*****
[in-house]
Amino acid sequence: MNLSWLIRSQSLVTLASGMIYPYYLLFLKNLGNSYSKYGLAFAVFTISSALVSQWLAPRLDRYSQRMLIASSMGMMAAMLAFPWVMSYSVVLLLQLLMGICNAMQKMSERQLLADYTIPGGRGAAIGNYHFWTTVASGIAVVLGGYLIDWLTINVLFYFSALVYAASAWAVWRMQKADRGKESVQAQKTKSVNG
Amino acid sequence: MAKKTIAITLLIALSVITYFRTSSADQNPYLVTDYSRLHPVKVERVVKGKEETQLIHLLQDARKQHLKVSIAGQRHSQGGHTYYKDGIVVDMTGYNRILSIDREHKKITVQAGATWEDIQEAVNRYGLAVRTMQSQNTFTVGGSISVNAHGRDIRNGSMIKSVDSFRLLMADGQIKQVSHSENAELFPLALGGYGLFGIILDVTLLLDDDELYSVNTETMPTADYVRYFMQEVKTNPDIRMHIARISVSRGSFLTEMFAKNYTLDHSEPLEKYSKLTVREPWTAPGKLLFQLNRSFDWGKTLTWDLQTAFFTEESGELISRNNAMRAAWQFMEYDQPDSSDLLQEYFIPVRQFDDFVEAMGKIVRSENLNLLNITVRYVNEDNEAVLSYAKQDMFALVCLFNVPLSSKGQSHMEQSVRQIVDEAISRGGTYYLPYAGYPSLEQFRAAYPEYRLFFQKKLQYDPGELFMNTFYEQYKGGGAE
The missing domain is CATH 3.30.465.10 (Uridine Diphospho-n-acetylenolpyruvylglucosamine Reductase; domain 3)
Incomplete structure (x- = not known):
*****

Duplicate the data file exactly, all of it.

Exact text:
[in-house]
Amino acid sequence: MNLSWLIRSQSLVTLASGMIYPYYLLFLKNLGNSYSKYGLAFAVFTISSALVSQWLAPRLDRYSQRMLIASSMGMMAAMLAFPWVMSYSVVLLLQLLMGICNAMQKMSERQLLADYTIPGGRGAAIGNYHFWTTVASGIAVVLGGYLIDWLTINVLFYFSALVYAASAWAVWRMQKADRGKESVQAQKTKSVNG
Amino acid sequence: MAKKTIAITLLIALSVITYFRTSSADQNPYLVTDYSRLHPVKVERVVKGKEETQLIHLLQDARKQHLKVSIAGQRHSQGGHTYYKDGIVVDMTGYNRILSIDREHKKITVQAGATWEDIQEAVNRYGLAVRTMQSQNTFTVGGSISVNAHGRDIRNGSMIKSVDSFRLLMADGQIKQVSHSENAELFPLALGGYGLFGIILDVTLLLDDDELYSVNTETMPTADYVRYFMQEVKTNPDIRMHIARISVSRGSFLTEMFAKNYTLDHSEPLEKYSKLTVREPWTAPGKLLFQLNRSFDWGKTLTWDLQTAFFTEESGELISRNNAMRAAWQFMEYDQPDSSDLLQEYFIPVRQFDDFVEAMGKIVRSENLNLLNITVRYVNEDNEAVLSYAKQDMFALVCLFNVPLSSKGQSHMEQSVRQIVDEAISRGGTYYLPYAGYPSLEQFRAAYPEYRLFFQKKLQYDPGELFMNTFYEQYKGGGAE
The missing domain is CATH 3.30.465.10 (Uridine Diphospho-n-acetylenolpyruvylglucosamine Reductase; domain 3)
Incomplete structure (x- = not known):